In the unenlightened age of early Hollywood, lesbianism and homosexuality was kept secret from movie-goers but was, in some cases, encouraged by forward-thinking directors such as Josef von Sternberg who believed that same sex (and particularly Sapphic) relationships lent emotional clarity, magnetic charm and androgonous connotations to performances. Greta Garbo – one of the original ‘girl’s girls’ – called homosexual affairs ‘exciting secrets’ but then, according to Diana McLellan, went to great lengths to conceal some (but not all of them). The relationship, whichMcLellan’s well-researched, borderline-sensationalist book The Girls: Sappho Goes to Hollywood, examines in-depth, is the much publicised, did-they-didn’t-they affair that Garbo allegedly had with Marlene Dietrich.
Hollywood legend has it that Orson Welles first introduced the two in 1945, at a party hosted by Clifton Webb. But according to McLellan, the two actually knew each other pre-Hollywood, and enjoyed a brief affair with lasting repercussions. Scandalous gossip mongering? Yes, but despite McLellan’s credentials as a snippy columnist, writing first for the Washington Star in the 1970s, and later The Washington Post, Girls is a well-written and well-researched tome that makes a solid case and certainly captures the complicated nuances of being gay in a pseudo-conservative society. Considering the village-like make-up of Hollywood in the early 1920s, it seems inevitable that Dietrich and Garbo must have met – or at least moved in the same circles, and possibly shared the same lovers, including Mercedes De Acosta (‘the Warren Beatty of her heyday‘) and Alla Nazimova (‘the most notorious Hollywood lesbian actress of all’). Consider: Garbo arrived in Hollywood in September 1925, aged 20. Dietrich arrived less than five years later, in early 1930. In the 15 years that passed before that famous first meet, surely the two would’ve crossed paths at some point. So why the secrecy?
According to McLellan, everything ties back to Joyless Street, the G.W.Pabst-directed film starring Garbo, Werner Krauss and Asta Nielsen. Released in 1925, the film was shot in Berlin in February and March of the same year. During her research, McLellan identified that one of the supporting characters was none other than Marlene Dietrich, sans blonde hair, and virtually unrecognisable to audiences used to viewing her through von Sternberg’s lens: ‘even though the film I was watching had been censored, edited, plundered… there was no question at all in my mind that the woman I was watching in several key scenes was Dietrich’. Not wanting to be too hasty in her assessment, she called in the Congressional film librarian, Madeline Matz. They watched it again, together, and Matz (equally astounded!) – agreed. Although the woman in the film had dyed black hair and a faintly drawn look , the eyes, the gestures and – most of all – the extraordinary, short-fingered hands were unmistakable. It had to be Dietrich! And most interesting, for McLellan and Matz, was that in one key scene, Garbo actually faints into Dietrich’s arms.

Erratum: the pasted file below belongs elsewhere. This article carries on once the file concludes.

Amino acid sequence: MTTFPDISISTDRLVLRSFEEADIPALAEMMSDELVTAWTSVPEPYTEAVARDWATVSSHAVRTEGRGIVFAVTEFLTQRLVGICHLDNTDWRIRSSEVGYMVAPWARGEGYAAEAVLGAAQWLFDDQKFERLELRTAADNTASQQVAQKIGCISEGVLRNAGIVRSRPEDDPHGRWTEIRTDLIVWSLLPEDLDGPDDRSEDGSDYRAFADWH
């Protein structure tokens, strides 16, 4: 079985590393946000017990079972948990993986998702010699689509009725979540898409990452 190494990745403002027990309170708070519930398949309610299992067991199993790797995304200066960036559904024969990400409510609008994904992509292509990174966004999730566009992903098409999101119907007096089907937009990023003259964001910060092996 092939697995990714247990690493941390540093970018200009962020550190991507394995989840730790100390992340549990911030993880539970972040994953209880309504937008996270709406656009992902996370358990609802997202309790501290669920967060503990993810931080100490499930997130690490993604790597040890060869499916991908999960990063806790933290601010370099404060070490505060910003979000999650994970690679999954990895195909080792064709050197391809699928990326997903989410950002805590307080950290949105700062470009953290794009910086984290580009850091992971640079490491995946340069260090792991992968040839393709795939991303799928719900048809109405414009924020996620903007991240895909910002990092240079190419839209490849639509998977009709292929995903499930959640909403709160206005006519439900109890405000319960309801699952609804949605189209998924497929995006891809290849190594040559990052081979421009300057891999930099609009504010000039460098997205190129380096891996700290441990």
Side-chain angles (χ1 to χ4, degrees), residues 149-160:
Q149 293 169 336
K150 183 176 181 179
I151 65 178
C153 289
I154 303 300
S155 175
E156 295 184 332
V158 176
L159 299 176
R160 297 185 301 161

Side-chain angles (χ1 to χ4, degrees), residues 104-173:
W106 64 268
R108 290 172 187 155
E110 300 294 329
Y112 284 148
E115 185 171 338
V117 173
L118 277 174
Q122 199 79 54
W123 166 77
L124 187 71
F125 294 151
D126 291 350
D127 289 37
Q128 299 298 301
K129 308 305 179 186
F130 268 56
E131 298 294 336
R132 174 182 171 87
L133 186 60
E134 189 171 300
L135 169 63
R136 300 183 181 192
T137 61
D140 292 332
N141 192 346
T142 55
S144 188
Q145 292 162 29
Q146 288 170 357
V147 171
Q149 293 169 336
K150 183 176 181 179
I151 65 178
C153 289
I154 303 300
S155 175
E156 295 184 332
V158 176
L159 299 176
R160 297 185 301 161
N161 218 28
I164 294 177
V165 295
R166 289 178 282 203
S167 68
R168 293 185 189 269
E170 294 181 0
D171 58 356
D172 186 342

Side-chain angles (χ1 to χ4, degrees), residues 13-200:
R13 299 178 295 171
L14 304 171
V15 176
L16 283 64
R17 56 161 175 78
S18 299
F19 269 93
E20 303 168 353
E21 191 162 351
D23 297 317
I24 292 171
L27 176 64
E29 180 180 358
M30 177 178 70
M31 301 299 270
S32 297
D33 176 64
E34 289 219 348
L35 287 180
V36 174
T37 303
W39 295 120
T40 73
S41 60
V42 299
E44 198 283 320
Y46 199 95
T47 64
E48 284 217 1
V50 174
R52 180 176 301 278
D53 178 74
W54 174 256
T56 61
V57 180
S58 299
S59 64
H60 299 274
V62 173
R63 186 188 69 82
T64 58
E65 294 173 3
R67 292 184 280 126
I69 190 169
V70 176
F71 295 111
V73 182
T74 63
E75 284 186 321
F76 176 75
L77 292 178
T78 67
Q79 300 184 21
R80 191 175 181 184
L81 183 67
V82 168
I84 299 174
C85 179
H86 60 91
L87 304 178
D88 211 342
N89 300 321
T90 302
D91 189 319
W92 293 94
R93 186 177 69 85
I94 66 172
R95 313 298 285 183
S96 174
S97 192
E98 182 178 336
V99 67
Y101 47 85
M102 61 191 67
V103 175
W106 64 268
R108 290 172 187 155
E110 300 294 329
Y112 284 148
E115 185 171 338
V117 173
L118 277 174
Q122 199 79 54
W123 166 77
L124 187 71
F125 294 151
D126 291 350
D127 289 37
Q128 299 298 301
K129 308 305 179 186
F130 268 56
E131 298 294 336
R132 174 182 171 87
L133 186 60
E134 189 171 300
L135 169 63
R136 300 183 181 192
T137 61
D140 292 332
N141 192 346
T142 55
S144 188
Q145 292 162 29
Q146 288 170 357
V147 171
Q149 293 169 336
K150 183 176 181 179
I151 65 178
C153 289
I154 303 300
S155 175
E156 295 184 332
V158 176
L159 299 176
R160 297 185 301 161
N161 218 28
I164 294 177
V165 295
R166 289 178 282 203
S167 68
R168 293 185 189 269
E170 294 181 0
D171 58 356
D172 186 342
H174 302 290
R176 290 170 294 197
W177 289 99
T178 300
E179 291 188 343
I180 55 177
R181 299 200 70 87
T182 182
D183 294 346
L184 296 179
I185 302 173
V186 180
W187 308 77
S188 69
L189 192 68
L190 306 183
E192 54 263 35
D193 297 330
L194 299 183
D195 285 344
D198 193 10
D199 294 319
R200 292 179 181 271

Proof that if you search for something hard enough you’re mind will find the truth? Or is it actually Dietrich? David Bret, the actresses’ long-time confidant says yes, confirms McLellan. Dietrich revealed ‘the truth’ to him not long before her death, and proved she had been in the film through some top-secret knowledge about a censored ending, viewed as ‘too grisly’ by German authorities. Let us not forget, however, that at some point Bret had his own ‘intimate biography’ of Dietrich to promote. His revelation seems… fortuitous.